Identifying and validating your own emotions can be key to fighting people-pleasing in situations where it is safer to speak up and set boundaries than it is to silence yourself. Although there are times anger can be expressed maladaptively, anger can be a vital survival response used to protect and defend ourselves, allowing us to go into “fight” mode when it is necessary to battle danger. It can also help us to “unfreeze” and become “unstuck” in states of learned helplessness and effectively own our agency and power. A person who is accustomed to fawning may unfortunately become a target for manipulators and abusers looking to exploit their trauma responses, so staying connected to a healthy sense of outrage when violated is actually essential to keeping ourselves safe. Journaling can be a powerful tool to stay mindful of when fawning is making you susceptible to manipulation. Whenever challenging situations occur, write down what you felt and how it may have been different from how others wanted you to feel or you wished you “could” have felt to please others (i.e. I feel like everyone expects me to let this go, but I still feel angry). Connect with that emotion and the basic right it relates to (i.e. That person talked down to me. I didn’t deserve that. I deserve respect.) Keep a track record of times you felt angry but didn’t speak up. What were the pros and cons of fawning? The perceived benefits and the actual consequences? Once you get to know what you think will happen and what does happen in situations where you fawn or don’t fawn, you can get better acquainted with the possibilities and choices you have available. You can make a “tiered” list of these options that evaluate the decisions you can make ranked by these benefits, consequences, and safety level. Reminding yourself you have a choice can help to ease the anxiety and burden of deciding how you can act in your best interest without having to cater to toxic people.

Master Your Body and People-Pleasing Tendencies By Taking Up Space

Identify situations where you tend to become anxious, hyperaroused, and irritable. Additionally, observe times when you were hypoaroused, emotionally numb, or dissociated, and write down how you typically responded in both states. This will give you a sense of your behavioral patterns in different dysregulated states. What did you feel in your body? Where did your body tend to “store” the tension and anxious energy or if you felt numb, what kind of bodily sensations did you experience? How did you “cower” both physically and emotionally in response to perceived danger? Challenge yourself to begin taking up space. Start small and begin speaking up for yourself in ways that still feel safe: say no to smaller requests, stop apologizing as often and overexplaining as much, and ask yourself how you genuinely feel about something rather than feeling pressured to take on the beliefs and opinions of others as your own. Notice what happens to your body and mind each time you do. You may experience discomfort. That’s okay. It means your body and mind are relearning what it means to take up space and feel worthy of it. You want to incrementally work toward setting healthier boundaries in a way that doesn’t overwhelm you. At the same time, you also want to teach yourself that you can still keep yourself safe and approve of yourself even in situations where you risk abandonment or someone else’s disapproval.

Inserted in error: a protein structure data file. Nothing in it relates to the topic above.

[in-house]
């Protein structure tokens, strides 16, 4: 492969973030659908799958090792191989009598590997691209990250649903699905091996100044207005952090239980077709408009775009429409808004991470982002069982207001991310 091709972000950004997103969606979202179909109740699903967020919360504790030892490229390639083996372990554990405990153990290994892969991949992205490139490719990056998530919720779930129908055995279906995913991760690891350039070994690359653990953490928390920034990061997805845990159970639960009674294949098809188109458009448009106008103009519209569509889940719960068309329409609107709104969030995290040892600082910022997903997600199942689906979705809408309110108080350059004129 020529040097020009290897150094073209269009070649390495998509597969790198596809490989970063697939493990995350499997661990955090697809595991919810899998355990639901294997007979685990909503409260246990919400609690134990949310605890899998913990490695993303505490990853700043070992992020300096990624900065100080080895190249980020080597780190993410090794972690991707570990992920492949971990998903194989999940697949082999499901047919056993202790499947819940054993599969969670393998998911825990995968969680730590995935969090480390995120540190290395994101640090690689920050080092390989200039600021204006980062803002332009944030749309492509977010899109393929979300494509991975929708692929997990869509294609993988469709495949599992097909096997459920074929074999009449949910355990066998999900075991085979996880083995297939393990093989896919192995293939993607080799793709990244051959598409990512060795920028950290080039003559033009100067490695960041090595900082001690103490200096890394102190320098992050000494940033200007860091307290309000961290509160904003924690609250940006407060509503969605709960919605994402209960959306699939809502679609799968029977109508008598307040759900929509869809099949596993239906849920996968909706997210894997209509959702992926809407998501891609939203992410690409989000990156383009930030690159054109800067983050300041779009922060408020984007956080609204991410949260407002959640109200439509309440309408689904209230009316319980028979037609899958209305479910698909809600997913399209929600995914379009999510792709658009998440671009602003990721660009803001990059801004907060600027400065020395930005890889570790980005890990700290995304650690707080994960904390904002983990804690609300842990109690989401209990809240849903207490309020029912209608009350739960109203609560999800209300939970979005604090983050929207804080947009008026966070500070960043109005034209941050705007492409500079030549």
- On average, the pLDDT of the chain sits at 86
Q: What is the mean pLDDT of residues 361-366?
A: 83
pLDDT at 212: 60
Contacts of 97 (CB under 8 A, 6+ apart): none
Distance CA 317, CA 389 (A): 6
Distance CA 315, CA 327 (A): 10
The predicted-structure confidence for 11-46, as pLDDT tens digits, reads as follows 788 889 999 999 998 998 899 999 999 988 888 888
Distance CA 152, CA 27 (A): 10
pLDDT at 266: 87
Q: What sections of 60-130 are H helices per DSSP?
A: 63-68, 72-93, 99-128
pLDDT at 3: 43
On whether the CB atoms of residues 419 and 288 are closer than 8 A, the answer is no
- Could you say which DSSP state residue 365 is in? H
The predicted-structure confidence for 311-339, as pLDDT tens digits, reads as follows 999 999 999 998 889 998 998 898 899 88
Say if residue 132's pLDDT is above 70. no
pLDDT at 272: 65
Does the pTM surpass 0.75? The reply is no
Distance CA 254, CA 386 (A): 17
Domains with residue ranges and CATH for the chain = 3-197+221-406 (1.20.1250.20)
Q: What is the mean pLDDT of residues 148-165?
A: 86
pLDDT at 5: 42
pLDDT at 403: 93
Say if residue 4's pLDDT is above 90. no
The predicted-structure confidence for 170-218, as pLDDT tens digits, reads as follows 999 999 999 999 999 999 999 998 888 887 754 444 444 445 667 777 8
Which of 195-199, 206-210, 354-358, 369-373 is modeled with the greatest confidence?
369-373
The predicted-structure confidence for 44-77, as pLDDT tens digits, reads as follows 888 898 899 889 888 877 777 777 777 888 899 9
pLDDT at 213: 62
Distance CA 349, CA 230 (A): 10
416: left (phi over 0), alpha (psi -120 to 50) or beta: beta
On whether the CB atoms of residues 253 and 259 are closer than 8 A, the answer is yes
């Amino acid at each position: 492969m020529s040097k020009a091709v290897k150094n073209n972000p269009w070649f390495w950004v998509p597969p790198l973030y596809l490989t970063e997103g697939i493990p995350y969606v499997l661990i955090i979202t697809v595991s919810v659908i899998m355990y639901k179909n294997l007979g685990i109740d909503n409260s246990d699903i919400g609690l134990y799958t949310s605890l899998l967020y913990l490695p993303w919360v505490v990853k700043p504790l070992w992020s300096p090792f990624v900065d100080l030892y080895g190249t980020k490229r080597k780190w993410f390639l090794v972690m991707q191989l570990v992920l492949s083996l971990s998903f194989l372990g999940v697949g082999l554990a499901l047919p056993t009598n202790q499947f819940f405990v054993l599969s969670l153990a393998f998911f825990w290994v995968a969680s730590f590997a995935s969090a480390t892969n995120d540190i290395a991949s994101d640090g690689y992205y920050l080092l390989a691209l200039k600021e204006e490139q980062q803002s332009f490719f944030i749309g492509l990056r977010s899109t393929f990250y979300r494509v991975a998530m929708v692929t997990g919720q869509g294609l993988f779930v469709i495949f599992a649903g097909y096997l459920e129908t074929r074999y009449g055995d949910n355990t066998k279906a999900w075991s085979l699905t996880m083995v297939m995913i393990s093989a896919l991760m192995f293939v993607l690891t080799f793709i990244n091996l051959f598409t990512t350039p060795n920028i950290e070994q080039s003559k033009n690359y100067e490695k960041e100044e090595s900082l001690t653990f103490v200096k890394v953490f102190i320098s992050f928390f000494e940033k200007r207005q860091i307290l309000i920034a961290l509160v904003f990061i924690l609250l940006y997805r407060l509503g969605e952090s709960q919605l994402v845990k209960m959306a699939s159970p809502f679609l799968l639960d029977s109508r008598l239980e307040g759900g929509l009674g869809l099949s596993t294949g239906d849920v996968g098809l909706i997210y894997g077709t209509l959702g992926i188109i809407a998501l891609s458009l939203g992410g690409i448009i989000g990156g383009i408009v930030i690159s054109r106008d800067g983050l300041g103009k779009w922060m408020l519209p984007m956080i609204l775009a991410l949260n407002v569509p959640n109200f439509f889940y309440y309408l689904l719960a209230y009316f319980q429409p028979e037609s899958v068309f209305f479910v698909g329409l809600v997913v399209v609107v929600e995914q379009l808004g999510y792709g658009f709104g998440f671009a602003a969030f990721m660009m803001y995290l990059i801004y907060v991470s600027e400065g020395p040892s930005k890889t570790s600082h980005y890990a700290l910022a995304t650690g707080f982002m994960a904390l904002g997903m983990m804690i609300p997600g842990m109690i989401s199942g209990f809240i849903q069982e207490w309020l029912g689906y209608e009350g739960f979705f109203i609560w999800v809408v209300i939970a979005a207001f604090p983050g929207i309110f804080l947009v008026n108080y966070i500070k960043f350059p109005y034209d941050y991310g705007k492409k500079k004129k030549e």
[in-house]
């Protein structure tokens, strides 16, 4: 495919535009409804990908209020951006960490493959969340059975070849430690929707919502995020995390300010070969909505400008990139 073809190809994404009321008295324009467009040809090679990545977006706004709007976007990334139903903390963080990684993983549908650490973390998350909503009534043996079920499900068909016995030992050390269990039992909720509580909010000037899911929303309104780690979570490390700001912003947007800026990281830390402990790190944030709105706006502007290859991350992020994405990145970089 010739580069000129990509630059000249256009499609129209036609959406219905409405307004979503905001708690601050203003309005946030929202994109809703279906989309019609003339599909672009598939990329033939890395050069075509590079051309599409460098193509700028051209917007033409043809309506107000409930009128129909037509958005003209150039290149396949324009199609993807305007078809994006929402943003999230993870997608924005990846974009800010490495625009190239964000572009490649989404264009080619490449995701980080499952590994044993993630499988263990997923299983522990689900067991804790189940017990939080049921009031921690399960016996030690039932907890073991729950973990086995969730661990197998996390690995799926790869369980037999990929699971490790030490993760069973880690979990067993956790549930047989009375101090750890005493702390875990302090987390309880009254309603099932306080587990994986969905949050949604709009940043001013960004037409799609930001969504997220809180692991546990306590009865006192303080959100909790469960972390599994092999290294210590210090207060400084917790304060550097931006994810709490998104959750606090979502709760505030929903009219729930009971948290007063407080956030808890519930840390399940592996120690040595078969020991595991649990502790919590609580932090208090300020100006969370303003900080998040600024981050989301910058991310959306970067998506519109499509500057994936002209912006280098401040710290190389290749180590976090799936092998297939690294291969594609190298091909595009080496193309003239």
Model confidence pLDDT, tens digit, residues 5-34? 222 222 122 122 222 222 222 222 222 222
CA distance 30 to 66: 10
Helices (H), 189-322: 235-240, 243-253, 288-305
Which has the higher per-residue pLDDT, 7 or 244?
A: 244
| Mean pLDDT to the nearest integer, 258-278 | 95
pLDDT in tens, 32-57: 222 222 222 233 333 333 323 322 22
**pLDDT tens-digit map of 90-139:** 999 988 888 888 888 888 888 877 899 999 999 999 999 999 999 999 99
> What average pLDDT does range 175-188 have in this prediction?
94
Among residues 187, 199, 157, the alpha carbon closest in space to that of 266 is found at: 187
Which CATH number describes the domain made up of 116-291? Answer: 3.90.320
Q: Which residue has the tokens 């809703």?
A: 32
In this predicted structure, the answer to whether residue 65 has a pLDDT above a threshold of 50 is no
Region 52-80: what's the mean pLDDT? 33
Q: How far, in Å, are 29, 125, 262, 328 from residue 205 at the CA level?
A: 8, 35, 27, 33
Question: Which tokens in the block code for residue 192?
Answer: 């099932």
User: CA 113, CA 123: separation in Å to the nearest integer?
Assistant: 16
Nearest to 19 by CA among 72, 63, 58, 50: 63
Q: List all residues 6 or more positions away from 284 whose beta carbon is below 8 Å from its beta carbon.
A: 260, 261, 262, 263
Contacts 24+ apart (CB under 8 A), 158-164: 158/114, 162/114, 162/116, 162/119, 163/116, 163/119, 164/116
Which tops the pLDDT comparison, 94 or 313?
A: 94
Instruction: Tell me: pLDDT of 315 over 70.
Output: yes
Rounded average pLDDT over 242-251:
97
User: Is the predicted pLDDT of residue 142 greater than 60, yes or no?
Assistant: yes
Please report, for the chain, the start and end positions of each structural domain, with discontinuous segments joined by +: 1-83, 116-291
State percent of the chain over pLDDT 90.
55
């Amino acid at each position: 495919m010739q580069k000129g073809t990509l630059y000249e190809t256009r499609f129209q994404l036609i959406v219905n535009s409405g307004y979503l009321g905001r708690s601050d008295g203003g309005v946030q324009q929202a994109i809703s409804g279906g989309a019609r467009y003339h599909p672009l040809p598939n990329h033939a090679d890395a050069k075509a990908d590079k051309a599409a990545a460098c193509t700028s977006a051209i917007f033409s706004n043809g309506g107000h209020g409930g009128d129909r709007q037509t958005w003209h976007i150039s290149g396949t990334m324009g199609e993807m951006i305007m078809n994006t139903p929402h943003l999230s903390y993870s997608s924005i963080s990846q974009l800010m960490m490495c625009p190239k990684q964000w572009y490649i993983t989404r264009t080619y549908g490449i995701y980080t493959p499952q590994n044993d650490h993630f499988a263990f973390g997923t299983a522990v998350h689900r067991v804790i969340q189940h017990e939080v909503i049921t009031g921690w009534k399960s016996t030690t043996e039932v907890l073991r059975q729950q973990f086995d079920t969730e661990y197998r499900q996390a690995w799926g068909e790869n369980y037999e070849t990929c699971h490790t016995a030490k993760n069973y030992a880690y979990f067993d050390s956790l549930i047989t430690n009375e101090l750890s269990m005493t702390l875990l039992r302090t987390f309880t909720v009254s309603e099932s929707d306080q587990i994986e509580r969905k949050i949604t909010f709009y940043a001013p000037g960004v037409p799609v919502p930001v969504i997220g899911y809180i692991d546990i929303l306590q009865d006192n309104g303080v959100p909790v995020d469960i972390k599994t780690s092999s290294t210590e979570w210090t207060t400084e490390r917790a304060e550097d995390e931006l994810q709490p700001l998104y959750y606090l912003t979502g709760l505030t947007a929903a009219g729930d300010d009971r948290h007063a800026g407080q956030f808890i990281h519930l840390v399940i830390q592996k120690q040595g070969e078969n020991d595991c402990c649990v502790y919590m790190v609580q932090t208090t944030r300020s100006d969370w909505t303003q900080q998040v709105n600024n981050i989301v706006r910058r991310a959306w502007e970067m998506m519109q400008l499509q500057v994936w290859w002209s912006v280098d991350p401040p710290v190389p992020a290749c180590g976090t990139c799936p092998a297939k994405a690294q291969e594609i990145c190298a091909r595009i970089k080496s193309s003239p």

Different situations will call for different actions and your nervous system needs time to adjust to this new empowerment. Sometimes asserting yourself will be more loud and proud – like standing up to a bully with a safe witness by your side. Other times, you may have to self-validate and take actions that most benefit you without necessarily rocking the boat all the way because that feels like the safest route to take. Perhaps this time, however, you don’t apologize for your boundaries or act obsequious to the people oppressing you. It can also help to engage in “power posing” which can help you increase a sense of empowerment to embody what it would feel like to do the opposite. Practice what it would feel like to gain mastery over your mind and body – shift your posture, stand up tall, figuratively get ready to “fight back.” What actions would you take from this empowered state?

Practice self-compassion and give yourself grace. If a friend was struggling with people-pleasing or a similar situation as you, what boundaries would you remind them they deserve to have? How would you ask them to shift gently from self-blame to self-compassion? Now imagine that friend is you and begin talking to yourself as you would someone you deeply cared about and would feel angry on behalf of if they were violated. This is the self-compassionate stance that will help you remember you are truly worthy and deserving of asserting yourself in situations where you need to defend and protect yourself from harm. Even if you fear others abandoning you, you don’t have to abandon yourself.

About the author

Shahida Arabi

Shahida is a graduate of Harvard University and Columbia University. She is a published researcher and author of Power: Surviving and Thriving After Narcissistic Abuse and Breaking Trauma Bonds with Narcissists and Psychopaths. Her books have been translated into 16+ languages all over the world. Her work has been featured on Salon, HuffPost, Inc., Bustle, Psychology Today, Healthline, VICE, NYDaily News and more. For more inspiration and insight on manipulation and red flags, follow her on Instagram here.